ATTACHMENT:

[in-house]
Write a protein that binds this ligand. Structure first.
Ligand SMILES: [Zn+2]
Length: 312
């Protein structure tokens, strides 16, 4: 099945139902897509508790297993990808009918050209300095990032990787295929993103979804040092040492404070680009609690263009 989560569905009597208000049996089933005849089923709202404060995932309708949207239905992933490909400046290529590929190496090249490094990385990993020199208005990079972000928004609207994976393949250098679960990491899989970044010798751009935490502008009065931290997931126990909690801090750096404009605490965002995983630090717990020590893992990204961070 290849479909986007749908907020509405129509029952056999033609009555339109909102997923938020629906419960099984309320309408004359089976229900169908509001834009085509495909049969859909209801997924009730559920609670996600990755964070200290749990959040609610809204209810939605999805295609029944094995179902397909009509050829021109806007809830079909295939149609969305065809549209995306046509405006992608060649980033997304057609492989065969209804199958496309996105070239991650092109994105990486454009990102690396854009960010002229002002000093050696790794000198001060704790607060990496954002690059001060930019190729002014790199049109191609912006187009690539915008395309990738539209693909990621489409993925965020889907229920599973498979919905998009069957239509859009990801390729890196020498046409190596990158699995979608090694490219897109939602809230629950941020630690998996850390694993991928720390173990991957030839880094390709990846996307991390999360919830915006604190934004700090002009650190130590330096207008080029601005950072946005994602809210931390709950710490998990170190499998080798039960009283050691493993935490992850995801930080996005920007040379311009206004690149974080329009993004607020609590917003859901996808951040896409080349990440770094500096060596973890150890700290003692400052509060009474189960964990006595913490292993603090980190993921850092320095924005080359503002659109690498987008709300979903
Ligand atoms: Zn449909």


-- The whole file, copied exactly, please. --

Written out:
[in-house]
Write a protein that binds this ligand. Structure first.
Ligand SMILES: [Zn+2]
Length: 312
């Protein structure tokens, strides 16, 4: 099945139902897509508790297993990808009918050209300095990032990787295929993103979804040092040492404070680009609690263009 989560569905009597208000049996089933005849089923709202404060995932309708949207239905992933490909400046290529590929190496090249490094990385990993020199208005990079972000928004609207994976393949250098679960990491899989970044010798751009935490502008009065931290997931126990909690801090750096404009605490965002995983630090717990020590893992990204961070 290849479909986007749908907020509405129509029952056999033609009555339109909102997923938020629906419960099984309320309408004359089976229900169908509001834009085509495909049969859909209801997924009730559920609670996600990755964070200290749990959040609610809204209810939605999805295609029944094995179902397909009509050829021109806007809830079909295939149609969305065809549209995306046509405006992608060649980033997304057609492989065969209804199958496309996105070239991650092109994105990486454009990102690396854009960010002229002002000093050696790794000198001060704790607060990496954002690059001060930019190729002014790199049109191609912006187009690539915008395309990738539209693909990621489409993925965020889907229920599973498979919905998009069957239509859009990801390729890196020498046409190596990158699995979608090694490219897109939602809230629950941020630690998996850390694993991928720390173990991957030839880094390709990846996307991390999360919830915006604190934004700090002009650190130590330096207008080029601005950072946005994602809210931390709950710490998990170190499998080798039960009283050691493993935490992850995801930080996005920007040379311009206004690149974080329009993004607020609590917003859901996808951040896409080349990440770094500096060596973890150890700290003692400052509060009474189960964990006595913490292993603090980190993921850092320095924005080359503002659109690498987008709300979903
Ligand atoms: Zn449909």